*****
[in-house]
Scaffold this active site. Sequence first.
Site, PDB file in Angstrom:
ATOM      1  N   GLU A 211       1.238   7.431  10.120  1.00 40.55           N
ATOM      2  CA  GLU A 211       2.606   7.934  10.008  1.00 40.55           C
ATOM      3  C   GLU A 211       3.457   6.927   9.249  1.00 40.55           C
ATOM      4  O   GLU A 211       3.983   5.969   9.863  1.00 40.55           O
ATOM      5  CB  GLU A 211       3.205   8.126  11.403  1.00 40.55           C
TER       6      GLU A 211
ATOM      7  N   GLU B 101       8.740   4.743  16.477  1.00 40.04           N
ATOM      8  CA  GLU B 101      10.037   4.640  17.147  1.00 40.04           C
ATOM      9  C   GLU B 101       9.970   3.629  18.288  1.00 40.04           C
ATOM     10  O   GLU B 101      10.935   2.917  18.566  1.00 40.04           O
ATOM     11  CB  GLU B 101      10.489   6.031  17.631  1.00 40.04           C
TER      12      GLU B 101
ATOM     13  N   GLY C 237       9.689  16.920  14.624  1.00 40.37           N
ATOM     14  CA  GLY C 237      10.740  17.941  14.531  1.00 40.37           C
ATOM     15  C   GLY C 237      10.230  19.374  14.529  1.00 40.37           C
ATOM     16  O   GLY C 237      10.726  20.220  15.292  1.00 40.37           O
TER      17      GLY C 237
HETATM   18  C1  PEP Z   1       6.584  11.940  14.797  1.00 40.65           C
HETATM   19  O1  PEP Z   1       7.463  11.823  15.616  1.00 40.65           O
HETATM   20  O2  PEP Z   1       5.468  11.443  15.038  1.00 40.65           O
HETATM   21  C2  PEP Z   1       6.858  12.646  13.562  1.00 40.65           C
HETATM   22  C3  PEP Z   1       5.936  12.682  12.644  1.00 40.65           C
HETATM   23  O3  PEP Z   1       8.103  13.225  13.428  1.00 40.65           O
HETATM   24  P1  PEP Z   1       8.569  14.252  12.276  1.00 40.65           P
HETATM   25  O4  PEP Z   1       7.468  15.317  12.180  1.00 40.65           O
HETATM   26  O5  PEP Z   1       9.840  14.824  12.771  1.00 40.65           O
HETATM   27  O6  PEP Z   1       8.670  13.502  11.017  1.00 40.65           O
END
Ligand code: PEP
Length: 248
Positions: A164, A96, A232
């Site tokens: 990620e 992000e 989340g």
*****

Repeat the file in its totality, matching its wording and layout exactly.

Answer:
[in-house]
Scaffold this active site. Sequence first.
Site, PDB file in Angstrom:
ATOM      1  N   GLU A 211       1.238   7.431  10.120  1.00 40.55           N
ATOM      2  CA  GLU A 211       2.606   7.934  10.008  1.00 40.55           C
ATOM      3  C   GLU A 211       3.457   6.927   9.249  1.00 40.55           C
ATOM      4  O   GLU A 211       3.983   5.969   9.863  1.00 40.55           O
ATOM      5  CB  GLU A 211       3.205   8.126  11.403  1.00 40.55           C
TER       6      GLU A 211
ATOM      7  N   GLU B 101       8.740   4.743  16.477  1.00 40.04           N
ATOM      8  CA  GLU B 101      10.037   4.640  17.147  1.00 40.04           C
ATOM      9  C   GLU B 101       9.970   3.629  18.288  1.00 40.04           C
ATOM     10  O   GLU B 101      10.935   2.917  18.566  1.00 40.04           O
ATOM     11  CB  GLU B 101      10.489   6.031  17.631  1.00 40.04           C
TER      12      GLU B 101
ATOM     13  N   GLY C 237       9.689  16.920  14.624  1.00 40.37           N
ATOM     14  CA  GLY C 237      10.740  17.941  14.531  1.00 40.37           C
ATOM     15  C   GLY C 237      10.230  19.374  14.529  1.00 40.37           C
ATOM     16  O   GLY C 237      10.726  20.220  15.292  1.00 40.37           O
TER      17      GLY C 237
HETATM   18  C1  PEP Z   1       6.584  11.940  14.797  1.00 40.65           C
HETATM   19  O1  PEP Z   1       7.463  11.823  15.616  1.00 40.65           O
HETATM   20  O2  PEP Z   1       5.468  11.443  15.038  1.00 40.65           O
HETATM   21  C2  PEP Z   1       6.858  12.646  13.562  1.00 40.65           C
HETATM   22  C3  PEP Z   1       5.936  12.682  12.644  1.00 40.65           C
HETATM   23  O3  PEP Z   1       8.103  13.225  13.428  1.00 40.65           O
HETATM   24  P1  PEP Z   1       8.569  14.252  12.276  1.00 40.65           P
HETATM   25  O4  PEP Z   1       7.468  15.317  12.180  1.00 40.65           O
HETATM   26  O5  PEP Z   1       9.840  14.824  12.771  1.00 40.65           O
HETATM   27  O6  PEP Z   1       8.670  13.502  11.017  1.00 40.65           O
END
Ligand code: PEP
Length: 248
Positions: A164, A96, A232
């Site tokens: 990620e 992000e 989340g």